By comparison, 1,6 million cheques were processed in 2015, 8 million in 2014, 2,1 million in 2013 and 2,2 million in 2012.
‘’The continuing downward trend in volume and value is mostly due to the shift to electronic means of payment and the less efficient nature of cheques as a payment instrument when compared to cards and electronic funds transfers (EFT), ’’ the Bank of Namibia reported.
The Namibian banking industry reduced the cheque limit from N$500,000 to N$100,000 at the beginning of 2016, with the view to eliminate cheques as a payment instrument by 31 December 2017
By contrast, EFT transactions processed by Namclear increased in 2016, compared to 2015.
Namclear processed 17, 3 million EFT transactions to the value of N$260 billion in 2016, compared to 15, 6 million EFT transactions valued at N$236 billion in 2015.
According to the central bank, this increase in EFT usage reflects its efficiency and security as a method of payment versus instruments such as cheques.
The card payment stream (NamSwitch) also increased in volume and value during the reporting year when compared to 2015.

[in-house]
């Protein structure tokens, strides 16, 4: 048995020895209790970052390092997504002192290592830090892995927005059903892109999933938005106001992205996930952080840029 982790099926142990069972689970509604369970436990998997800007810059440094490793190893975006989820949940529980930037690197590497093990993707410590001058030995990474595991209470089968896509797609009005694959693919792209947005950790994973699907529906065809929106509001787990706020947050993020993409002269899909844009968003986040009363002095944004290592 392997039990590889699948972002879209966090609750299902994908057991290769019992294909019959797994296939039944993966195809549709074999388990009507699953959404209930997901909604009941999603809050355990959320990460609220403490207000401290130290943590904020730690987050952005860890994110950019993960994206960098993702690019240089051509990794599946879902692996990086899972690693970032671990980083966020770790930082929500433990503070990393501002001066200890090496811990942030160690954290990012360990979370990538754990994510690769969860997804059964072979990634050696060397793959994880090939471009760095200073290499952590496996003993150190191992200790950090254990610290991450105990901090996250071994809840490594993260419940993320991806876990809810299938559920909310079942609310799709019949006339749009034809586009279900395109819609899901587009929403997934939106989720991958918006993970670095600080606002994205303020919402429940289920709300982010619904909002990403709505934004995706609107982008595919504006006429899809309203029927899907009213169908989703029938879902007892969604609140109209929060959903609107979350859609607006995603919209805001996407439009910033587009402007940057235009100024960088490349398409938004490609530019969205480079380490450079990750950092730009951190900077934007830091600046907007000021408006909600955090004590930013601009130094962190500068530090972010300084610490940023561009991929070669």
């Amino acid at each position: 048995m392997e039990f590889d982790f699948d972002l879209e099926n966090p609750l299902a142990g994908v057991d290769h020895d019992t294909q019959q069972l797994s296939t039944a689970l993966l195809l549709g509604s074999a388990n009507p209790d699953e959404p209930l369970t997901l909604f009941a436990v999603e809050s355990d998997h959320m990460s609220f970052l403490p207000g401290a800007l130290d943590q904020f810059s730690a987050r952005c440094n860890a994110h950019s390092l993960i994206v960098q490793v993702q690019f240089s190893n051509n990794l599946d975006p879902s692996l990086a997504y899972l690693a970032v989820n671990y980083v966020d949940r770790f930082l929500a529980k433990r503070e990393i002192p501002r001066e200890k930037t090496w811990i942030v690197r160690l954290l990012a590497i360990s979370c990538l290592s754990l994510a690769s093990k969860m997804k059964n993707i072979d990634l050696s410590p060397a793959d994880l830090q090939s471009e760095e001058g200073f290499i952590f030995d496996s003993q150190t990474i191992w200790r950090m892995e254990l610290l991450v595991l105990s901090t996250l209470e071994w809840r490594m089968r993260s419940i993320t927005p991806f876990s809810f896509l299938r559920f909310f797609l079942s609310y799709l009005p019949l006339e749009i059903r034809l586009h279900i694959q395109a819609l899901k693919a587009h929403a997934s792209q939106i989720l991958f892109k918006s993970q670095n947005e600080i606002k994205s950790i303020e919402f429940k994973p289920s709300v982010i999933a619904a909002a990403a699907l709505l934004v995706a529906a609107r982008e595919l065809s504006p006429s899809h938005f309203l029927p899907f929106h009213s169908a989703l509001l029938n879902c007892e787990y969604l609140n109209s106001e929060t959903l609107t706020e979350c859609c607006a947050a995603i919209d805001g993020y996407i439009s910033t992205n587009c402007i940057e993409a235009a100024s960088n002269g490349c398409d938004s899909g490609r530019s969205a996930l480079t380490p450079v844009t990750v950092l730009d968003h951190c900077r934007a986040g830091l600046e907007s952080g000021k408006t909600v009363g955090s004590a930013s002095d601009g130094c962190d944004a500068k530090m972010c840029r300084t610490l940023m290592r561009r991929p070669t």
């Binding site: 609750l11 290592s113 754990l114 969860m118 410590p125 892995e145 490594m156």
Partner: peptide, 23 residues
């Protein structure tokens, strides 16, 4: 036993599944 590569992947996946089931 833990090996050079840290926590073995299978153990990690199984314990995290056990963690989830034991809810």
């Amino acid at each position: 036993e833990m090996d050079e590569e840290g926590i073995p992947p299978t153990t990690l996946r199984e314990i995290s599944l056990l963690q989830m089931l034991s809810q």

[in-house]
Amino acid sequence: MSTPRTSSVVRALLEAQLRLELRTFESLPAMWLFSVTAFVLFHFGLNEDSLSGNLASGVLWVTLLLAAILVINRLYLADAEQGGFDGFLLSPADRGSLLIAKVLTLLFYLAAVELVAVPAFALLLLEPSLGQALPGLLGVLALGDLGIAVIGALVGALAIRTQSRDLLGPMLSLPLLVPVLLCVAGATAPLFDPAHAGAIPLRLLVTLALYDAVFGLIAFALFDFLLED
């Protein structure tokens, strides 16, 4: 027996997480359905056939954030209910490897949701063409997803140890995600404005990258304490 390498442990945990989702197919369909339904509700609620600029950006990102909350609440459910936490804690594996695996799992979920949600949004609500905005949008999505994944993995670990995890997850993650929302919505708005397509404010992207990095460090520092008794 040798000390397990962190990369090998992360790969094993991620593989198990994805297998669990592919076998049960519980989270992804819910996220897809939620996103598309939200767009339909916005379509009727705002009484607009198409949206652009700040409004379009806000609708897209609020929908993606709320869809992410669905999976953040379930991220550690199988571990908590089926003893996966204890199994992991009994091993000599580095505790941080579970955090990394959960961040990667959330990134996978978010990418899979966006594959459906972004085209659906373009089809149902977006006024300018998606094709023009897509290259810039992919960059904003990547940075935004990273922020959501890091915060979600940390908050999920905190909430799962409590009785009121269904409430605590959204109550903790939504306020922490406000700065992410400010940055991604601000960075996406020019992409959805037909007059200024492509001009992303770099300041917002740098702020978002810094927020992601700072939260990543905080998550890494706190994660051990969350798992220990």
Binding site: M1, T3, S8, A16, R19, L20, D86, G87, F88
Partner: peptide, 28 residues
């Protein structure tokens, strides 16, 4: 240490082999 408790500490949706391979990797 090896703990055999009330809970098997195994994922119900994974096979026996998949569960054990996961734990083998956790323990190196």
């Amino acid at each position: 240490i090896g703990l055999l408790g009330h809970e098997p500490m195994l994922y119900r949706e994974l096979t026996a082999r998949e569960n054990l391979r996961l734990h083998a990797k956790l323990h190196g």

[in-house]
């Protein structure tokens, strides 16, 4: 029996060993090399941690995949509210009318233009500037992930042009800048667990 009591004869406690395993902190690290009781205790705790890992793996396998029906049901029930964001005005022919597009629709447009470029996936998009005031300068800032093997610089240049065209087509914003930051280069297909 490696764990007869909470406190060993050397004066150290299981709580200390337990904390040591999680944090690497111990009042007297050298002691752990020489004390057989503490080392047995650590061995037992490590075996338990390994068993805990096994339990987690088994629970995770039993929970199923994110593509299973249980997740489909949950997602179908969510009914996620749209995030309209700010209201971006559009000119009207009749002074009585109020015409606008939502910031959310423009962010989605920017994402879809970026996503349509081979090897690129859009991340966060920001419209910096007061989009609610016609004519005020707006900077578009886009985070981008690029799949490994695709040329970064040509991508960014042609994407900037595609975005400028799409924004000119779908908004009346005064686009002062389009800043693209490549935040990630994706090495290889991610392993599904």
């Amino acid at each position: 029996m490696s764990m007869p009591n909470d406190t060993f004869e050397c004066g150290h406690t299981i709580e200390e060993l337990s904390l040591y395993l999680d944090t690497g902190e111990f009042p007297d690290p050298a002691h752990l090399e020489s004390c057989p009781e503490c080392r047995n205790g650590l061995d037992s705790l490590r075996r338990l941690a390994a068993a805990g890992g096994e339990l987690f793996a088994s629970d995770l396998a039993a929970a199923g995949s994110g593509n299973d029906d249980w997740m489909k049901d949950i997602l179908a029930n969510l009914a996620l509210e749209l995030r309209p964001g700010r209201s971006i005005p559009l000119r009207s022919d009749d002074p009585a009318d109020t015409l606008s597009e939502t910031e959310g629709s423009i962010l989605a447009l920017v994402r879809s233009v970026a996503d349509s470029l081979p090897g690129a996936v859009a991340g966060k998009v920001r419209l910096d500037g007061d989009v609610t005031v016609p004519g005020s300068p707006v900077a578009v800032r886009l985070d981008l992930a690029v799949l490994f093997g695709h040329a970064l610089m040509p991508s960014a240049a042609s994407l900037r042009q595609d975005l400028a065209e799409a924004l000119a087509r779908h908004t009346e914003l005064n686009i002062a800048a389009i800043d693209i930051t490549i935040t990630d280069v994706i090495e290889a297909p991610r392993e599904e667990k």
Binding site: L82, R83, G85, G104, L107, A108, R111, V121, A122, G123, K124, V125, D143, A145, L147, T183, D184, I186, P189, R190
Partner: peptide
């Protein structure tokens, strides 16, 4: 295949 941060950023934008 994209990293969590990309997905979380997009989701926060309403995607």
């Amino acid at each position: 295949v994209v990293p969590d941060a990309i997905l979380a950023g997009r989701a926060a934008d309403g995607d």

Namclear, through the local card switch, NamSwitch, processed 17, 9 million card transactions to the total value of N$9, 7 billion in 2016, meaning that the volumes and values switched increased by 16,9 and 20,2 percent, respectively, compared to 2015.
The card payment stream has continued on an upward trend in terms of volumes and values processed since the switch was localised in 2013.
According to a recent edition of Money Matters, a financial edition column by Bank Windhoek, cheque usage has been declining for some years, both for point of sale transactions (for which credit cards and debit cards are increasingly preferred) and for third party payments (for example, bill payments), where the decline has been accelerated by the emergence of mobile banking and online banking.
According to Bank Windhoek, being paper-based, cheques are costly for banks to process in comparison to electronic payments, so banks in many countries now discourage the use of cheques, either by charging for cheques, or by making the alternatives more attractive to customers.
The rise of automated teller machines (ATMs) means those small amounts of cash are often easily accessible, making it unnecessary to write a cheque for such amounts.